The Dawl was the biggest river of Dorimare, and it became so broad at Lud-in-the-Mist as to give that town, twenty miles inland though it was, all the advantages of a port; while the actual seaport town itself was little more than a fishing village. The Dapple, however, which had its source in Fairyland (from a salt inland sea, the geographers held) and flowed subterraneously under the Debatable Hills, was a humble little stream and played no part in the commercial life of the town. But an old maxim of Dorimare bade one never forget that The Dapple flows into the Dawl.
We are in a Fantasyland, then, and an almost excessively charming one, whose inhabitants drink wild thyme gin and flower-in-amber, eat Moongrass cheese and smoked ham with pickled cowslips, and swear oaths like "Busty Bridget!" and "By My Great-Aunt's Rump". It's a kind of domestic Merrie England, not all that far from Tolkien's The Shire in its atmosphere, and with a touch of Shakespearean comedy, too. The hero, Nathaniel Chanticleer, a man of fifty, "rotund, rubicund, red-haired", has just been elected Mayor of this thoroughly bourgeois polis where the men are called Master, the married women Dame, everyone has an exaggerated respect for the Law, and the worst crime imaginable is to eat fairy fruit.
For, as the passage quoted above makes clear, this fantastic world has its dark side, the Fairyland where the River Dapple originates, on the other side of the Debatable Hills and the Elfin Marches. There was once commerce between the two, in the days of the legendary autocratic hunchback Duke Aubrey, whose sinister presence still haunts the psyches of the townspeople long after his mysterious disappearance: like the fairies themselves and their fruit, he embodies a chaotic force they dare not accommodate in their sunny lives. But it can't be suppressed for long. Mayor Nathaniel has a hidden neurosis, his obsession with a plangent note he once heard from an old lute, and this element of his personality seems to have been transferred to his son Ranulph, who is behaving strangely and claims to have eaten the fairy fruit. The respectable young ladies of Miss Primrose Crabapple's Academy go on the rampage; blood is seen leaking from a coffin; Nathaniel finds evidence of an old murder; and eventually he must journey to Fairyland itself in search of his missing son.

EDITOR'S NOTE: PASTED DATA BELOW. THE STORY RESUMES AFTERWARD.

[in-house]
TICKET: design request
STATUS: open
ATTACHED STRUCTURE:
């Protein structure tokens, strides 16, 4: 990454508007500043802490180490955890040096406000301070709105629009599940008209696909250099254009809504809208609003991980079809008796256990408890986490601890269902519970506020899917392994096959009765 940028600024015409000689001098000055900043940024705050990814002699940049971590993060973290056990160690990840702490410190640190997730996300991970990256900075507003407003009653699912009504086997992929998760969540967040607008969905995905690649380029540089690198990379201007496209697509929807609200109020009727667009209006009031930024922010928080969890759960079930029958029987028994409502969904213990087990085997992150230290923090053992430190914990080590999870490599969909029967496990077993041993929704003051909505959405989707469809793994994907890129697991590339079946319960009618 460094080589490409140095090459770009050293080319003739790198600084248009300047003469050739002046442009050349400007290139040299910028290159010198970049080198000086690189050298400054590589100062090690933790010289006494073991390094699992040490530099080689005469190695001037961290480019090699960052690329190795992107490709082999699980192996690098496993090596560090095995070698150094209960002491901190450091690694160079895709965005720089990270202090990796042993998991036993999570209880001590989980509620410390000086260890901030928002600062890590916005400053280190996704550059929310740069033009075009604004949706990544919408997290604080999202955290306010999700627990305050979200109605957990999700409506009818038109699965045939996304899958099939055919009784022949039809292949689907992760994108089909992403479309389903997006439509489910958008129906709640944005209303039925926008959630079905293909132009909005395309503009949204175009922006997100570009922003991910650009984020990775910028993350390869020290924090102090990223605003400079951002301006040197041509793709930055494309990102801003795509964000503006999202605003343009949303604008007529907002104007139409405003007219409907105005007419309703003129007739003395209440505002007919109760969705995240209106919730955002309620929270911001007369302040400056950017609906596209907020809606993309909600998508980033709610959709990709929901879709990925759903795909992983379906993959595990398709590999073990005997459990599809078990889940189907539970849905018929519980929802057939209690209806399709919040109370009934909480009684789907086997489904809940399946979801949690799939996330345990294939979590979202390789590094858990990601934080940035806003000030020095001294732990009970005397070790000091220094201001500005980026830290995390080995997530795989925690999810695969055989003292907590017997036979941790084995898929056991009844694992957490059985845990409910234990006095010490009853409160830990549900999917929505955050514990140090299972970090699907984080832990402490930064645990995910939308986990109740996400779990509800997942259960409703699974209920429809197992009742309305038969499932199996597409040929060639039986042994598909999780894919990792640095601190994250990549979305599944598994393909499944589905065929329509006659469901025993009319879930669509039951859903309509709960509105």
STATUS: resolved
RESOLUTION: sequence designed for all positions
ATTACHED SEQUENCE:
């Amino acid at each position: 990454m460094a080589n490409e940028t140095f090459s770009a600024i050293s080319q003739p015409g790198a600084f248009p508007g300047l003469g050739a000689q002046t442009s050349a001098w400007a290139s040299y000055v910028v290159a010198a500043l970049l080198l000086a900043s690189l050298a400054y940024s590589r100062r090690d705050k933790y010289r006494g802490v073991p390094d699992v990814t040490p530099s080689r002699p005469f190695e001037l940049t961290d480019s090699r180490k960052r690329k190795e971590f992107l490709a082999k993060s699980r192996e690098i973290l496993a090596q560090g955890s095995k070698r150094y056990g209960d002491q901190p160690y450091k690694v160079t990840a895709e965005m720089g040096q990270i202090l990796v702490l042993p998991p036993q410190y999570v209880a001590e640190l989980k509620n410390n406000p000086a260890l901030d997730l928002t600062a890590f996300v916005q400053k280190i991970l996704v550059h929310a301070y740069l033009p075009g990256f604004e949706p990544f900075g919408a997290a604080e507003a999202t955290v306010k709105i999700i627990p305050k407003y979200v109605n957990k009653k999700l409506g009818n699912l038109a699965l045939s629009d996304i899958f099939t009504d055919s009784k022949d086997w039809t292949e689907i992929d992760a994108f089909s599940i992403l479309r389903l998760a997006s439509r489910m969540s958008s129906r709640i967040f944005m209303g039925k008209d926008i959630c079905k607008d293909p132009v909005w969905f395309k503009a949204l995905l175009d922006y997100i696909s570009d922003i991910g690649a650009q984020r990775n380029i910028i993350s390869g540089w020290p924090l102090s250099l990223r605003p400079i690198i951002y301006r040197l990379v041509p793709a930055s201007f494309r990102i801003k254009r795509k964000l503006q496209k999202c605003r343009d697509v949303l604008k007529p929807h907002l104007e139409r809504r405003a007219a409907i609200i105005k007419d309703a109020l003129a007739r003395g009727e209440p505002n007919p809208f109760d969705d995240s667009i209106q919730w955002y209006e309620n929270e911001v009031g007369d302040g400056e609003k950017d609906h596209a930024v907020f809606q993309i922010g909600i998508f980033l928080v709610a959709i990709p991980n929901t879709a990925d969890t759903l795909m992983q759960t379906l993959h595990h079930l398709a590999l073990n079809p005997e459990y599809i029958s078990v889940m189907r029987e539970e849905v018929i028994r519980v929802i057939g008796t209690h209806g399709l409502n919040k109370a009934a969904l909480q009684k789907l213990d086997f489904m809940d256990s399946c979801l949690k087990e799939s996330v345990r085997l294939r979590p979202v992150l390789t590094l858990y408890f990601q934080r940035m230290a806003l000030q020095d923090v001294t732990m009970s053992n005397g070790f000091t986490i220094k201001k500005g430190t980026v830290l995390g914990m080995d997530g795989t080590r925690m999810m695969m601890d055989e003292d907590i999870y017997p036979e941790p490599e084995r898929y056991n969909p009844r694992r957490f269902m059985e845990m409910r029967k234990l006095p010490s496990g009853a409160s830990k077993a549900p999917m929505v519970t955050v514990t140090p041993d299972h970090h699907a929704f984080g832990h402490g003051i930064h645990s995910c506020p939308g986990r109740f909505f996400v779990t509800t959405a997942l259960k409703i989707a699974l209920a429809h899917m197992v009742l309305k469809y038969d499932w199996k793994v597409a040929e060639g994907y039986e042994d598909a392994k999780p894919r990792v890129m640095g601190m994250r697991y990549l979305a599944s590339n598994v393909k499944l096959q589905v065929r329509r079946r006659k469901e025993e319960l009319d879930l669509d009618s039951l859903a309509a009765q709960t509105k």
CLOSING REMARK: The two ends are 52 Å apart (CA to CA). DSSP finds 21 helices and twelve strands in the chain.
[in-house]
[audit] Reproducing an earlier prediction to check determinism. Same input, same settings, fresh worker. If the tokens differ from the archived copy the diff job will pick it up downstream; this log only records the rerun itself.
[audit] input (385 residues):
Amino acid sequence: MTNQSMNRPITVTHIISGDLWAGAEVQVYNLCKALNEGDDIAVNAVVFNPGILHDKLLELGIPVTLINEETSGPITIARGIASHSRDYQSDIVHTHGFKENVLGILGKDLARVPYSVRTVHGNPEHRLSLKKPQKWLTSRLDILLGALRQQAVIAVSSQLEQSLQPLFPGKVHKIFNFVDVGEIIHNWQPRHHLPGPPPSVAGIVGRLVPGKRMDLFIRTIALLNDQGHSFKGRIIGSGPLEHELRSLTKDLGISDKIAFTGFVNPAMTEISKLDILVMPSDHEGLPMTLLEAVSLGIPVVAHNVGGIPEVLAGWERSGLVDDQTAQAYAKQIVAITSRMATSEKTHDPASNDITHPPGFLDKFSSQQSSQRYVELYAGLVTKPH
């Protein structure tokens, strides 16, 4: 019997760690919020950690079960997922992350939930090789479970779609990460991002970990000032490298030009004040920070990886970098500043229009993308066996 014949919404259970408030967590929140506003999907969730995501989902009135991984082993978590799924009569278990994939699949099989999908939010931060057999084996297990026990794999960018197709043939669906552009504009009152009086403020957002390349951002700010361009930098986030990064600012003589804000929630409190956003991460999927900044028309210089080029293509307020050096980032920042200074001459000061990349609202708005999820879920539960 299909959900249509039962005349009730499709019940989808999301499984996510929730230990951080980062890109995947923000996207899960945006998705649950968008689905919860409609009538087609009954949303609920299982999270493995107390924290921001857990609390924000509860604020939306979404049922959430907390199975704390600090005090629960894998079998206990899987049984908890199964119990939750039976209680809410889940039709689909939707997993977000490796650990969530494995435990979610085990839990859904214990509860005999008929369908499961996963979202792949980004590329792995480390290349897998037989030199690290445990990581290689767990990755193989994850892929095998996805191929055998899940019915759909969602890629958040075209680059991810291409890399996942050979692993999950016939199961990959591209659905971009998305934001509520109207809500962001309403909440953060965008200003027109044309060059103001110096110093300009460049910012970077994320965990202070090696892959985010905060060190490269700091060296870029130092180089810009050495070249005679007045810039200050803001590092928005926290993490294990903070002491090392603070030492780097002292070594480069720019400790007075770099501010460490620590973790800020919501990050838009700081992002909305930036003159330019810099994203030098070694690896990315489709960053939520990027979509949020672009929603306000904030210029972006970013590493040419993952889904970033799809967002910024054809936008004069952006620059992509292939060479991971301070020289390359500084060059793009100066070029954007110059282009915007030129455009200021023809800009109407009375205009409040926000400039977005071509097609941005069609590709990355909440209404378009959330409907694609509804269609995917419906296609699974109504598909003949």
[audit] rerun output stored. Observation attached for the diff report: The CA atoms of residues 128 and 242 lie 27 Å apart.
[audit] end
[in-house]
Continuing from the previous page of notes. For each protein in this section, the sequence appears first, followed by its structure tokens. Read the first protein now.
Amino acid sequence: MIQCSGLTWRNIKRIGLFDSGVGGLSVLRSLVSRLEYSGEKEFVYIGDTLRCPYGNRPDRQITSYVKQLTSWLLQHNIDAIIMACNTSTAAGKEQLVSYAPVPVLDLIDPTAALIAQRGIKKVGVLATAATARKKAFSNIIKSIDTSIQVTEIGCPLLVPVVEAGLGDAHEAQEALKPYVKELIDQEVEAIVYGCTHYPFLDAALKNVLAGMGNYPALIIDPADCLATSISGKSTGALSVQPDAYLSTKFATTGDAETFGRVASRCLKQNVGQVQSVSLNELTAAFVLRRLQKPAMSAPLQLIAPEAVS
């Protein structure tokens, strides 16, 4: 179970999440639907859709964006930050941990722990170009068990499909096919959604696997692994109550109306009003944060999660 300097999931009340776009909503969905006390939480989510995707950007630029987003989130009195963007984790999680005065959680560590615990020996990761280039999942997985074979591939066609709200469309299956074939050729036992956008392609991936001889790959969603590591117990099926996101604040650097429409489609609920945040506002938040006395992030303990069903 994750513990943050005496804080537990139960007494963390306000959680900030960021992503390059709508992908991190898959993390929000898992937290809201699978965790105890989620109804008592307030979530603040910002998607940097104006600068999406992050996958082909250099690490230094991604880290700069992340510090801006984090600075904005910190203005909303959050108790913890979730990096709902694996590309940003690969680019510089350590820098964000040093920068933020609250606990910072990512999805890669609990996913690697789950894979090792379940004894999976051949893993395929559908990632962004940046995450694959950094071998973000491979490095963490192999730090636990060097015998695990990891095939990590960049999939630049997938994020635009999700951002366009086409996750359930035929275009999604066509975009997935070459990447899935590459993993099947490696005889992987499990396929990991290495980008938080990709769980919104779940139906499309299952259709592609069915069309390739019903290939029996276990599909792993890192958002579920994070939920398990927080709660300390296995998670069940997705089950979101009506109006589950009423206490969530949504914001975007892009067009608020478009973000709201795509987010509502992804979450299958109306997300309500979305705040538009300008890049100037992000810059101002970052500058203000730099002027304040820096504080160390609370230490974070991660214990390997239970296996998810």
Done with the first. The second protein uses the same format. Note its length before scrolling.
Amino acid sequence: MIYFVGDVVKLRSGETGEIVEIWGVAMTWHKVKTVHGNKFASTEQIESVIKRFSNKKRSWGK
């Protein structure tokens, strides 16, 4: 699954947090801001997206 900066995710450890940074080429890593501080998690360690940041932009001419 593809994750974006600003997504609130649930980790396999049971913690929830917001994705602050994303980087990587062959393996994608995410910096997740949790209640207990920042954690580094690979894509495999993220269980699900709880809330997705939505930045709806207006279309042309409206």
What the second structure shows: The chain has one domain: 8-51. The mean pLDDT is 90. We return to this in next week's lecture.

The central image of the book must owe something to Christina Rosetti's Goblin Market. More generally, it's in a tradition of fantasy that seeks to free the folklore of fairies from its sentimental trappings and recapture some of its old terror. In my last entry, on Robert Aickman, I mentioned Diane Purkiss's superb study of fairy stories; like Purkiss, Mirrlees understands the association of fairies with death. Her Fairyland is a land of the dead, and in order to be fully ourselves we have to reopen the borders and resume our relations with them, frightening as this is. If Lud-in-the-Mist seems cloying occasionally, the writing too pretty and whimsical, that's perhaps a consequence of Mirrlees's vision: for all the quaint comedy, the people of her world are suffering from a sickness, their failure to accept mortality and the violence, chaos and creative energy she sees as linked to it. They are meant to seem a little too good to be true.
Mirrlees was the author of a couple of other novels and what sounds like a very interesting modernist long poem called Paris. She lived with her former Cambridge tutor, the distinguished Classical scholar Jane Ellen Harrison, and was a respected figure in the intellectual scene of the early twentieth century, admired by Virginia Woolf for her elegance and erudition. Recently, Lud, first published in 1926, has been championed by Neil Gaiman, and reissued in Gollancz's Fantasy Masterworks series. (Sophie Toulouse's brilliant cover illustration, shown here - if you think it's a mis-shapen pineapple, look again - gives a slightly misleading impression of a book more erotic than it is.) There is also a biography of Mirrlees by Michael Swanwick, and a website devoted to her, maintained by Erin Kissane. Like Aickman, Mirrlees seems poised for a long-delayed breakthrough, and with equally good reason. While she can overwrite (and I wish she wouldn't use speech tags like "she dimpled") her prose in general has the imaginative precision you'd expect from a poet-novelist: the sun shining on the brick Guildhall makes it look "like a rotten apricot", doves "with the bloom of plums on their breasts" waddle "on their coral legs", and the city has "little open squares where comic baroque statues of dead citizens [hold] levees attended by birds and lovers and insects and children". Beneath the comedy is a deep intellectual seriousness. Lud-in-the-Mist, part fairy story, part whodunnit (you can tell it was written in the Golden Age of the English detective story) part existential allegory, is a true cult classic.
Next time, a contemporary British comic novel that draws on the experimental techniques of the OuLiPo group.